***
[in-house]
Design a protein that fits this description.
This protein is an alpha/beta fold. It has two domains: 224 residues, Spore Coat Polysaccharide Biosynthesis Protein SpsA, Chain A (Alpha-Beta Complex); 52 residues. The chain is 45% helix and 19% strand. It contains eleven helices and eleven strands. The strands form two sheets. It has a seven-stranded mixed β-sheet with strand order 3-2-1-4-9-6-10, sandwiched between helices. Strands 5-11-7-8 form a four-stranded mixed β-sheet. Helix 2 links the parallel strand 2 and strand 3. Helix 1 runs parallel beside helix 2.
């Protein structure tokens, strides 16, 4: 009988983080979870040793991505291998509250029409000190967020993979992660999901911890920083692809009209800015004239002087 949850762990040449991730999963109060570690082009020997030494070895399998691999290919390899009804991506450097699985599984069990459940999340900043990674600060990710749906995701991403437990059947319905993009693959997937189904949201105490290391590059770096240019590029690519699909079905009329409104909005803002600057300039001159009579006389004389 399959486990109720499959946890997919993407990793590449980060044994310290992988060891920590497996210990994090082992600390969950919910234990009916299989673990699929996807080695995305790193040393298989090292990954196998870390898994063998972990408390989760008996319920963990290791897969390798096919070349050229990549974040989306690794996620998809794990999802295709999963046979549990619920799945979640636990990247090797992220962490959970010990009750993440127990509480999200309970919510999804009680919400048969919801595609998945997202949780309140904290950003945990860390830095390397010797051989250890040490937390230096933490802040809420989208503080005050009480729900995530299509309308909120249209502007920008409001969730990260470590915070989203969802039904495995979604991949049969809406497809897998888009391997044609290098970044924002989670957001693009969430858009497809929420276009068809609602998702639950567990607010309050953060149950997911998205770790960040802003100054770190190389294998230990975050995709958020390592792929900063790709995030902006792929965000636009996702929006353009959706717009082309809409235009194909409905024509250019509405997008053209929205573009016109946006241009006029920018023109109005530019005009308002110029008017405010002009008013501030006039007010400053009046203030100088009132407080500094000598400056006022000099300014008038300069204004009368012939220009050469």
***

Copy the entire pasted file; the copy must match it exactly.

[in-house]
Design a protein that fits this description.
This protein is an alpha/beta fold. It has two domains: 224 residues, Spore Coat Polysaccharide Biosynthesis Protein SpsA, Chain A (Alpha-Beta Complex); 52 residues. The chain is 45% helix and 19% strand. It contains eleven helices and eleven strands. The strands form two sheets. It has a seven-stranded mixed β-sheet with strand order 3-2-1-4-9-6-10, sandwiched between helices. Strands 5-11-7-8 form a four-stranded mixed β-sheet. Helix 2 links the parallel strand 2 and strand 3. Helix 1 runs parallel beside helix 2.
């Protein structure tokens, strides 16, 4: 009988983080979870040793991505291998509250029409000190967020993979992660999901911890920083692809009209800015004239002087 949850762990040449991730999963109060570690082009020997030494070895399998691999290919390899009804991506450097699985599984069990459940999340900043990674600060990710749906995701991403437990059947319905993009693959997937189904949201105490290391590059770096240019590029690519699909079905009329409104909005803002600057300039001159009579006389004389 399959486990109720499959946890997919993407990793590449980060044994310290992988060891920590497996210990994090082992600390969950919910234990009916299989673990699929996807080695995305790193040393298989090292990954196998870390898994063998972990408390989760008996319920963990290791897969390798096919070349050229990549974040989306690794996620998809794990999802295709999963046979549990619920799945979640636990990247090797992220962490959970010990009750993440127990509480999200309970919510999804009680919400048969919801595609998945997202949780309140904290950003945990860390830095390397010797051989250890040490937390230096933490802040809420989208503080005050009480729900995530299509309308909120249209502007920008409001969730990260470590915070989203969802039904495995979604991949049969809406497809897998888009391997044609290098970044924002989670957001693009969430858009497809929420276009068809609602998702639950567990607010309050953060149950997911998205770790960040802003100054770190190389294998230990975050995709958020390592792929900063790709995030902006792929965000636009996702929006353009959706717009082309809409235009194909409905024509250019509405997008053209929205573009016109946006241009006029920018023109109005530019005009308002110029008017405010002009008013501030006039007010400053009046203030100088009132407080500094000598400056006022000099300014008038300069204004009368012939220009050469």